Teaching In Socks


baby steps/blame Canada
February 19, 2009, 4:30 pm
Filed under: Uncategorized | Tags: , , , , , , , ,

Let me begin by explaining that the default personnel set up for my English school is this: one native English speaking teacher (me), one Japanese English speaking teacher, and one manager–to work on recruiting new students, and renewing students contracts and making sure the school is profitable.

Managers are always Japanese, and apparently it is rare that they stay at a particular school for very long. If they are successful, they get moved to bigger schools, and if they aren’t well…  When I first arrived, the default personnel scenario was in place. But within two months the manager was asked to move to another school (not because she was successful) and never heard from again. Sans manager, the other teacher and I were forced to pick up some slack– and in terms of dealing with students this meant the other teacher had to pick up more slack because out of the two of us she was the only one who spoke Japanese. Then in December, we got another Manager, who was capable and successful.

Unfortunately, after two months, the powers that be, recognized her talents and transferred her to another school three days a week.  Also, those same three days a week, the moved the other teacher to another school because she didn’t ave many students here. Thus creating a new, reformed  power hierarchy at my school that consists of just me, alone, by myself.  This essentially means that I am running someone else’s business in a country where I don’t speak the language.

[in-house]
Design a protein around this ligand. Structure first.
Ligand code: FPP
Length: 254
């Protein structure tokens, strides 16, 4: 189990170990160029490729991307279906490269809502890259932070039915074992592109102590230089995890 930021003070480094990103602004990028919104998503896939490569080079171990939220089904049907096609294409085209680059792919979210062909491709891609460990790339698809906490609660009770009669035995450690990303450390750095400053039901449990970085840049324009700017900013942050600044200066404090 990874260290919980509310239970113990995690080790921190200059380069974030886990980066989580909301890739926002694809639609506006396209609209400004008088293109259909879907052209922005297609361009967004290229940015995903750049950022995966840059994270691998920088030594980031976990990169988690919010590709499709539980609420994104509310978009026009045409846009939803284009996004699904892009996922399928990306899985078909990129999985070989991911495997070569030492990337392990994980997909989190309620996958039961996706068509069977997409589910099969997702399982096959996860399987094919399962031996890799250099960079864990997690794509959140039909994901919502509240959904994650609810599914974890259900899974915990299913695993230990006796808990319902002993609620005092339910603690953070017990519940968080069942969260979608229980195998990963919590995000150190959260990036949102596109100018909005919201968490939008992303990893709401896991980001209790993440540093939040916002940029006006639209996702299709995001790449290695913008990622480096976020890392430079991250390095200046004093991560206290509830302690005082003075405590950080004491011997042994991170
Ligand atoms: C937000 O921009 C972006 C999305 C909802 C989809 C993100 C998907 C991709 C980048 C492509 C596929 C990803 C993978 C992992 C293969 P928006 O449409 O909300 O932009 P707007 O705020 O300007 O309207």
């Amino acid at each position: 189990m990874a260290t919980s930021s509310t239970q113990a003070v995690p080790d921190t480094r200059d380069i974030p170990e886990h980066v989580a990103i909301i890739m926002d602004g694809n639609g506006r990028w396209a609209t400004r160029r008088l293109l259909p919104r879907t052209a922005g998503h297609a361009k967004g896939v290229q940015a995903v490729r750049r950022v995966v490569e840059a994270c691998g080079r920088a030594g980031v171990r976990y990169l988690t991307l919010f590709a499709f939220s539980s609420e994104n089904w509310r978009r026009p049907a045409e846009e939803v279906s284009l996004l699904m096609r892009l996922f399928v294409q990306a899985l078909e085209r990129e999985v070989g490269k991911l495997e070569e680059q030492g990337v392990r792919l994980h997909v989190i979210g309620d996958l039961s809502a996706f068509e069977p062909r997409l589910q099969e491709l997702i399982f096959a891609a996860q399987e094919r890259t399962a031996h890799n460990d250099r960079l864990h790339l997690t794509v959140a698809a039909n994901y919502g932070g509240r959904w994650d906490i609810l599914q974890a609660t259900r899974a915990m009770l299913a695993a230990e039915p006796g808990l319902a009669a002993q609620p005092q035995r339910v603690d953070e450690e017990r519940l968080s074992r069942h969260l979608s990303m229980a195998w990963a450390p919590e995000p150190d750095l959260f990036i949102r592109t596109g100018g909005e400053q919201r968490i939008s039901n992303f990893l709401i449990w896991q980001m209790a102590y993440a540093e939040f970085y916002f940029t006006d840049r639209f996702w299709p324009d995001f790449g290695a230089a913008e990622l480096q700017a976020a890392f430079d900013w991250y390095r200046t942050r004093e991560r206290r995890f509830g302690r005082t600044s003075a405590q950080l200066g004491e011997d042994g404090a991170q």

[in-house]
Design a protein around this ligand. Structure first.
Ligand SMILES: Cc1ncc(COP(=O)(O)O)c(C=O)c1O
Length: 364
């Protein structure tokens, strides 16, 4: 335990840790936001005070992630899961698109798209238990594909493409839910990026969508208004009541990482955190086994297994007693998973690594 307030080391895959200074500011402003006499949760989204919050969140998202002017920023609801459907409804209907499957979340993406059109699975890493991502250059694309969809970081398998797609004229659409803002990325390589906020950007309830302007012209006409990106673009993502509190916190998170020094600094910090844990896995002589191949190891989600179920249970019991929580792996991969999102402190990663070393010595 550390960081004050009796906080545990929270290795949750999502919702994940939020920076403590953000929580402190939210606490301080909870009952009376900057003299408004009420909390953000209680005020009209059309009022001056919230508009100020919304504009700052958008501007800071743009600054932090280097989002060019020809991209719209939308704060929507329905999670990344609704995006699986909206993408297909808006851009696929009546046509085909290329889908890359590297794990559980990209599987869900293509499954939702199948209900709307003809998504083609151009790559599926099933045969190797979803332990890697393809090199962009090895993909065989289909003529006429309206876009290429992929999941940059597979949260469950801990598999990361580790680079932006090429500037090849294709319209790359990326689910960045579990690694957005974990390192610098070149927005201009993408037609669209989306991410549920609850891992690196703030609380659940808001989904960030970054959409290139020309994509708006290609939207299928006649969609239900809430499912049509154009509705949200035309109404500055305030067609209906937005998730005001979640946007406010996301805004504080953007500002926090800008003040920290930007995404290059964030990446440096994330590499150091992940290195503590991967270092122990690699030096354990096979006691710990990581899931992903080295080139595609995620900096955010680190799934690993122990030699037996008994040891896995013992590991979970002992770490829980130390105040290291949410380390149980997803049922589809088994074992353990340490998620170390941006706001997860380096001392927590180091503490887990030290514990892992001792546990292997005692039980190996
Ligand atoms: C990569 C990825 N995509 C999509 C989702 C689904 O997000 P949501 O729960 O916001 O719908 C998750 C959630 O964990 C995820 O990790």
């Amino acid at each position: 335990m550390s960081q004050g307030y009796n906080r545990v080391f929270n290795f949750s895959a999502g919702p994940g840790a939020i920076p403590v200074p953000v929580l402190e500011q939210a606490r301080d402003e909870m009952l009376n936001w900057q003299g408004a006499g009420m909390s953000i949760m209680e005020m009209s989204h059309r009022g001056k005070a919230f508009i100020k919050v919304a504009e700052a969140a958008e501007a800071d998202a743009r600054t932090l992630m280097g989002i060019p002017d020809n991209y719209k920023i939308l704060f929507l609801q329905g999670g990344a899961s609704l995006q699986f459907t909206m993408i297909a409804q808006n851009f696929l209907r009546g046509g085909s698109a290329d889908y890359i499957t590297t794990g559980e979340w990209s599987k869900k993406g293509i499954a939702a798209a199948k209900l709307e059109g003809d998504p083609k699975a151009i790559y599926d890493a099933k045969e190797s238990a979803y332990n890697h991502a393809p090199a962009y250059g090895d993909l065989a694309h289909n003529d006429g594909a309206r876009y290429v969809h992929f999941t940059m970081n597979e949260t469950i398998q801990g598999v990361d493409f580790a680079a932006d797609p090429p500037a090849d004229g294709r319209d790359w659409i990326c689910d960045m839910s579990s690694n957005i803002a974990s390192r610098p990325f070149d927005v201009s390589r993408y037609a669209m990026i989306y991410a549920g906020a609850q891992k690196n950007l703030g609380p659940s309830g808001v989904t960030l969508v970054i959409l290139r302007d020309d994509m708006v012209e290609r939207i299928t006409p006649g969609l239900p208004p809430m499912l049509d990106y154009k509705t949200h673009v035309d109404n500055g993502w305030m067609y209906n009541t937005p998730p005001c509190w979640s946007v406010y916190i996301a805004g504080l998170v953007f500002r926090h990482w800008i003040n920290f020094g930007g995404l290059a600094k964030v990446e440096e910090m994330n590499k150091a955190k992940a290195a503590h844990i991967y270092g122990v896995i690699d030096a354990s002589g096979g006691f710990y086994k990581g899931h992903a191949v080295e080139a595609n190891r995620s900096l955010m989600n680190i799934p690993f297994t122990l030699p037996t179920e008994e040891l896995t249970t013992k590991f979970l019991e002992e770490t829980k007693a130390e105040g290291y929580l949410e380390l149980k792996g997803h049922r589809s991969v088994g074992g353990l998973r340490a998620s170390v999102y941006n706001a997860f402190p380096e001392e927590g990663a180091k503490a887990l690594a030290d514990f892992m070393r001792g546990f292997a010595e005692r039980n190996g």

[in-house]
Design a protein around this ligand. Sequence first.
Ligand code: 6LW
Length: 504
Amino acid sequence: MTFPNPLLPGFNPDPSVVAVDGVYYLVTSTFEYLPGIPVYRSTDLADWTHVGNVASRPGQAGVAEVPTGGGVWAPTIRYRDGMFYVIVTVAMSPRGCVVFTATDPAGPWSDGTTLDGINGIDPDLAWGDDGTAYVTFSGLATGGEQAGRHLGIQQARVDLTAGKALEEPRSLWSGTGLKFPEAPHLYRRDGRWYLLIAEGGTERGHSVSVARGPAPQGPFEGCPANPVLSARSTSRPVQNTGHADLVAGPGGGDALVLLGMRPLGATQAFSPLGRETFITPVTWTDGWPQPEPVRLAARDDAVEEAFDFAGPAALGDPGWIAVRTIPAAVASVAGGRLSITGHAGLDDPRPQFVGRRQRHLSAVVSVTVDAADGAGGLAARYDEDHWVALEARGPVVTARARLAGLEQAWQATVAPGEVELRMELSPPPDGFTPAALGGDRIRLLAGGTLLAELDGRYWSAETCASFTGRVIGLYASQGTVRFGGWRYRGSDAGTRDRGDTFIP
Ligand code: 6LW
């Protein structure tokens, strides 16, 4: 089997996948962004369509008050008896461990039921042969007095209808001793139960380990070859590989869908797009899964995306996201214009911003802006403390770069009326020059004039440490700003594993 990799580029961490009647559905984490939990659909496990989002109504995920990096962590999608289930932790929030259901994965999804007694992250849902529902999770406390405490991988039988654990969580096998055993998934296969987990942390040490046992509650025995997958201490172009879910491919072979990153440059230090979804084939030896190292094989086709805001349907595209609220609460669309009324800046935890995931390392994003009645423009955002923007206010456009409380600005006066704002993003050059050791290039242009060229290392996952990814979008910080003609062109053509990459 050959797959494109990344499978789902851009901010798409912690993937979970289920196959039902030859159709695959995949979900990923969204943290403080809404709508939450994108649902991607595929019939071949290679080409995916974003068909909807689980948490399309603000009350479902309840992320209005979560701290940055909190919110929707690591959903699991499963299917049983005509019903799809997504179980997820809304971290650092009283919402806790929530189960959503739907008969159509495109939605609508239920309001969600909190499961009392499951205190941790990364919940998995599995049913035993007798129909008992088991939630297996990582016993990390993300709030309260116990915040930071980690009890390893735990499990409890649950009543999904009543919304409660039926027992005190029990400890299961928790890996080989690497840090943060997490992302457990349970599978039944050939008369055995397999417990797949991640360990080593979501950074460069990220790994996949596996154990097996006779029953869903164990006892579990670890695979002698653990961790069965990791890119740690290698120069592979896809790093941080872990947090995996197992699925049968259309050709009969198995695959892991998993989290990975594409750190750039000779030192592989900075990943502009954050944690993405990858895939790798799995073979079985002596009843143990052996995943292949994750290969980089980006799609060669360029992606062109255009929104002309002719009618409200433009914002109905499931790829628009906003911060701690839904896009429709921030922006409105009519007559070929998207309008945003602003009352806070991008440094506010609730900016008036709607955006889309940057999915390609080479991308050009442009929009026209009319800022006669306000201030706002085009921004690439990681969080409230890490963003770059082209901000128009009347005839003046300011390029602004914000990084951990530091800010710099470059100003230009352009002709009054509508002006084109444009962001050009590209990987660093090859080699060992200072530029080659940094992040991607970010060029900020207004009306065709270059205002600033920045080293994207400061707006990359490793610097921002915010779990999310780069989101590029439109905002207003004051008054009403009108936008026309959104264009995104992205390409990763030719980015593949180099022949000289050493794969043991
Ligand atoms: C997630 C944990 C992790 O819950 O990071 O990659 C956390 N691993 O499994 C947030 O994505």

As you can imagine, on occasion, this is ripe for farce.

Thus, in between faxing some forms (usually the manager’s job) and frantically trying to prepare for my class (my job), I was greeted by a visitor from the city office (I was stoked I could understand that much!). He was a wonderfully nice gentleman, who, happened to be friends with one of my students. He also knew less English then I knew Japanese.

He came armed with a series of pamphlets written Japanese, He explained each one, in Japanese pointing pictures of old people cooking and young Australian and Japanese children making arts and crafts together. It became apparent to me that he was in charge of some cultural exchange program, but beyond that I understood little of what he said.

This was a bit depressing; I have now been living in Japan for seven months, and have been taking private Japanese lessons. I study hard and try to speak when I can, but progress is slow, frustratingly slow.  Every Japanese person I try to speak with is always patient and really understanding, and I try to be patient with myself as well, but I’ve encountered few things as difficult as trying to have a productive conversation with someone when we don’t understand each other”s language. It’s like playing the worst game Pictionary or Charades every three seconds, except you don’t even resort to such games because you end up drawing an entire stick-figure conversation or imitating Riverdance.

As soon as he moved away from the explanation of the pamphlets and into free form conversation the structural integrity of our conversation collapsed.  The thick blanket of the linguistic impasse swiftly covered the room. I could see drops of sweat forming on his forehead as I tried to faun understanding to make him less nervous as he tried sentences in both quick Japanese and bits of broken English.

We got to a final sentence with only two words I understood, “Canada”  and “food”. I asked him to repeat the sentence, but I was still to grasp those two words. Realizing we had hit the cul de sac of this conversation I panicked and I did what I usually do in these situations and said “yes”.

Now I  know from a specific Seinfeld episode that this is a bad habit to have, but in situations of international exchange, I have the propensity to panic (I would make a terrible diplomat).